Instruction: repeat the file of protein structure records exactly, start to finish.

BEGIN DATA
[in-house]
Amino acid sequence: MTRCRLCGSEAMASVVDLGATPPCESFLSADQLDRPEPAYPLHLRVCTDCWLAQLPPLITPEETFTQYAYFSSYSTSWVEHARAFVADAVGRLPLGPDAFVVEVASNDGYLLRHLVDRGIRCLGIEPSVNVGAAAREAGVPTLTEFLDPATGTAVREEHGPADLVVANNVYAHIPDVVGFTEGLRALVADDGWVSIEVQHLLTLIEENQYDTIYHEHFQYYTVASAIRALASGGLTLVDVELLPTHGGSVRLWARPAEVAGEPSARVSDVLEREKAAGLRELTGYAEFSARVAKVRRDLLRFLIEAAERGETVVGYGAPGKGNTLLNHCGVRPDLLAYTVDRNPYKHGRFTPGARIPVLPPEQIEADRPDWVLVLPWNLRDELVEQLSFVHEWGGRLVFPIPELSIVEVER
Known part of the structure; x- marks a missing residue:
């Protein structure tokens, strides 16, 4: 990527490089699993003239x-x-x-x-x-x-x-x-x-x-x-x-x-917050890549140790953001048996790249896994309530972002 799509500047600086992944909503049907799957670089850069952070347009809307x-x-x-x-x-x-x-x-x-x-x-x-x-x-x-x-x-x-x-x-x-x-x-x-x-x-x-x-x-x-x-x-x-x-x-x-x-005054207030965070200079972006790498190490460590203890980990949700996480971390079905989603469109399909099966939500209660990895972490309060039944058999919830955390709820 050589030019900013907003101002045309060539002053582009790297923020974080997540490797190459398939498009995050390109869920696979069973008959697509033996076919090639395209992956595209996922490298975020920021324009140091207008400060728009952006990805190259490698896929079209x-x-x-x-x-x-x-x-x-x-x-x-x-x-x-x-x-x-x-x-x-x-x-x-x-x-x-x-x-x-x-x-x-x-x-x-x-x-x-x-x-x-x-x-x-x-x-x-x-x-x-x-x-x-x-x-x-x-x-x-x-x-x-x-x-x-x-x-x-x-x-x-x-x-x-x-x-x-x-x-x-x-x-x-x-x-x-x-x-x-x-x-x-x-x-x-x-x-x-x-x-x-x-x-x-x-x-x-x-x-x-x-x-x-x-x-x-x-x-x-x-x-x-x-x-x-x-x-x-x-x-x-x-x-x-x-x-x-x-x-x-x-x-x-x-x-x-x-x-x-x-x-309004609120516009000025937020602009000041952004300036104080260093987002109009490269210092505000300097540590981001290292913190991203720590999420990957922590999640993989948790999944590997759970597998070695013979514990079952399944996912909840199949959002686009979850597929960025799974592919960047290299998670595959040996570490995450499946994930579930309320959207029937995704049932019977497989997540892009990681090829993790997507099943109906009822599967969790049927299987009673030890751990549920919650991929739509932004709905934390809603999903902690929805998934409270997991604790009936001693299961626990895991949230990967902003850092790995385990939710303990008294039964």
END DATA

[in-house]
Amino acid sequence: MTRCRLCGSEAMASVVDLGATPPCESFLSADQLDRPEPAYPLHLRVCTDCWLAQLPPLITPEETFTQYAYFSSYSTSWVEHARAFVADAVGRLPLGPDAFVVEVASNDGYLLRHLVDRGIRCLGIEPSVNVGAAAREAGVPTLTEFLDPATGTAVREEHGPADLVVANNVYAHIPDVVGFTEGLRALVADDGWVSIEVQHLLTLIEENQYDTIYHEHFQYYTVASAIRALASGGLTLVDVELLPTHGGSVRLWARPAEVAGEPSARVSDVLEREKAAGLRELTGYAEFSARVAKVRRDLLRFLIEAAERGETVVGYGAPGKGNTLLNHCGVRPDLLAYTVDRNPYKHGRFTPGARIPVLPPEQIEADRPDWVLVLPWNLRDELVEQLSFVHEWGGRLVFPIPELSIVEVER
Known part of the structure; x- marks a missing residue:
């Protein structure tokens, strides 16, 4: 990527490089699993003239x-x-x-x-x-x-x-x-x-x-x-x-x-917050890549140790953001048996790249896994309530972002 799509500047600086992944909503049907799957670089850069952070347009809307x-x-x-x-x-x-x-x-x-x-x-x-x-x-x-x-x-x-x-x-x-x-x-x-x-x-x-x-x-x-x-x-x-x-x-x-x-005054207030965070200079972006790498190490460590203890980990949700996480971390079905989603469109399909099966939500209660990895972490309060039944058999919830955390709820 050589030019900013907003101002045309060539002053582009790297923020974080997540490797190459398939498009995050390109869920696979069973008959697509033996076919090639395209992956595209996922490298975020920021324009140091207008400060728009952006990805190259490698896929079209x-x-x-x-x-x-x-x-x-x-x-x-x-x-x-x-x-x-x-x-x-x-x-x-x-x-x-x-x-x-x-x-x-x-x-x-x-x-x-x-x-x-x-x-x-x-x-x-x-x-x-x-x-x-x-x-x-x-x-x-x-x-x-x-x-x-x-x-x-x-x-x-x-x-x-x-x-x-x-x-x-x-x-x-x-x-x-x-x-x-x-x-x-x-x-x-x-x-x-x-x-x-x-x-x-x-x-x-x-x-x-x-x-x-x-x-x-x-x-x-x-x-x-x-x-x-x-x-x-x-x-x-x-x-x-x-x-x-x-x-x-x-x-x-x-x-x-x-x-x-x-x-309004609120516009000025937020602009000041952004300036104080260093987002109009490269210092505000300097540590981001290292913190991203720590999420990957922590999640993989948790999944590997759970597998070695013979514990079952399944996912909840199949959002686009979850597929960025799974592919960047290299998670595959040996570490995450499946994930579930309320959207029937995704049932019977497989997540892009990681090829993790997507099943109906009822599967969790049927299987009673030890751990549920919650991929739509932004709905934390809603999903902690929805998934409270997991604790009936001693299961626990895991949230990967902003850092790995385990939710303990008294039964």